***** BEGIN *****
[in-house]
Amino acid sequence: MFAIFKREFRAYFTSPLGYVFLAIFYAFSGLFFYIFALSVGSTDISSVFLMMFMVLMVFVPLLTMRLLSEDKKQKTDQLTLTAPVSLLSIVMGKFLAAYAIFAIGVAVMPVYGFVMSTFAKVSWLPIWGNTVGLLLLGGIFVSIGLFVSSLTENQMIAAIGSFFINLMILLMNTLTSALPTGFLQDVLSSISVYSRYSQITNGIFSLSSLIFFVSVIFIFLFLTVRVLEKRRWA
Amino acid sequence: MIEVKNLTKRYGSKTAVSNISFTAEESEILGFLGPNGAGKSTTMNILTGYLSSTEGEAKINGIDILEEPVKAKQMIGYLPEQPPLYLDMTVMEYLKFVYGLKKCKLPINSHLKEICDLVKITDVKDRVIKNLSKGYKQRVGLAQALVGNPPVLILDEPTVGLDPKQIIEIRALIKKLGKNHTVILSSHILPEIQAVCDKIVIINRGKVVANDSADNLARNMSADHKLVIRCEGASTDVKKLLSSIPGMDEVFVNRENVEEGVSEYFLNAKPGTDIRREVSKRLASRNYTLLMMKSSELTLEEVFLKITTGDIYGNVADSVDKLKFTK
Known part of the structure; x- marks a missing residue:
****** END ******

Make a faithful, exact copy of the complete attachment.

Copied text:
[in-house]
Amino acid sequence: MFAIFKREFRAYFTSPLGYVFLAIFYAFSGLFFYIFALSVGSTDISSVFLMMFMVLMVFVPLLTMRLLSEDKKQKTDQLTLTAPVSLLSIVMGKFLAAYAIFAIGVAVMPVYGFVMSTFAKVSWLPIWGNTVGLLLLGGIFVSIGLFVSSLTENQMIAAIGSFFINLMILLMNTLTSALPTGFLQDVLSSISVYSRYSQITNGIFSLSSLIFFVSVIFIFLFLTVRVLEKRRWA
Amino acid sequence: MIEVKNLTKRYGSKTAVSNISFTAEESEILGFLGPNGAGKSTTMNILTGYLSSTEGEAKINGIDILEEPVKAKQMIGYLPEQPPLYLDMTVMEYLKFVYGLKKCKLPINSHLKEICDLVKITDVKDRVIKNLSKGYKQRVGLAQALVGNPPVLILDEPTVGLDPKQIIEIRALIKKLGKNHTVILSSHILPEIQAVCDKIVIINRGKVVANDSADNLARNMSADHKLVIRCEGASTDVKKLLSSIPGMDEVFVNRENVEEGVSEYFLNAKPGTDIRREVSKRLASRNYTLLMMKSSELTLEEVFLKITTGDIYGNVADSVDKLKFTK
Known part of the structure; x- marks a missing residue: